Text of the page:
It is hard to know what's working and what's not if you aren't tracking what you are doing and how you are spending your time.
I remember asking a job seeker how many jobs they had applied for in the past week, the response: "A lot". Probing further, I asked for a number, even a range. The person couldn't estimate how many. This isn't unusual. But, it might be worth changing.
Weekly, are you asking yourself these questions?
- Looking back over the past week, what do you feel you've accomplished?
- Where do you feel you fell short?
- What will you do to fix or change this?
- What are your goals for next week?
- How will you accomplish them?
- Is there an issue or problem you need advice on?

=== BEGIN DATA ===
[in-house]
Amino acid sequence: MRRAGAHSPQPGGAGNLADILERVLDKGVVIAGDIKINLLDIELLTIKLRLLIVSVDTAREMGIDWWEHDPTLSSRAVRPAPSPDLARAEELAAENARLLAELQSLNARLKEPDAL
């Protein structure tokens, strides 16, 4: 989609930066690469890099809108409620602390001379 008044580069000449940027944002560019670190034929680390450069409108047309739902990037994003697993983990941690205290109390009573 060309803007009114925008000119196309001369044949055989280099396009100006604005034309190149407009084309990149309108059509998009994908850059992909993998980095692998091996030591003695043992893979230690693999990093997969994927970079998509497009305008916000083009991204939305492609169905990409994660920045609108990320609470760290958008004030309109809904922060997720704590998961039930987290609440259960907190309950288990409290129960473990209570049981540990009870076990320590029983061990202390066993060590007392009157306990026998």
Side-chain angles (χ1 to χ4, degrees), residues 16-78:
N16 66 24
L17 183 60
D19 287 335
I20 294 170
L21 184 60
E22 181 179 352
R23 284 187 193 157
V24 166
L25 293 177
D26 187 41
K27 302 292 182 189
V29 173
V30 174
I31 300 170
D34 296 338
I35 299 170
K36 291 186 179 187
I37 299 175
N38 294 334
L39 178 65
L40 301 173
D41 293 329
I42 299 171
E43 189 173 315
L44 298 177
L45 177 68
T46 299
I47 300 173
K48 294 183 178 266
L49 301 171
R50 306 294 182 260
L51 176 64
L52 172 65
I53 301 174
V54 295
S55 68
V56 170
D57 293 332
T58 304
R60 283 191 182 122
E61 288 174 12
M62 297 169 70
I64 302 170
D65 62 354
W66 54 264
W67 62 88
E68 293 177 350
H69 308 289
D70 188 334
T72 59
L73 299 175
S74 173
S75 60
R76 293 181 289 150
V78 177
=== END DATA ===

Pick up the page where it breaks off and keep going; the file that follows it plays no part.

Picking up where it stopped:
I've heard people complain that tracking this stuff is a job in itself. At first, yes, but after a while it becomes easier. If you don't know what your are doing, how can you change? Measuring your activities is really important.
There are lots of ways to track your activities. I don't like re-inventing wheels, so I am going to show you one I particularly like. Jibberjobber.com also is a great job search tool. F.R.E.E. It is internet-based and user friendly!
Orville Pierson wrote The Unwritten Rules of a Highly Effective Job Search. I've found his productivity chart to be super effective at tracking and evaluating!
If you would like to download an Excel version, use this link. Download Job search tracking And here is a pdf Download CS Productivity horizontal and definitions
To really get the most out of this, meet regularly with an accountability partner and review it with them.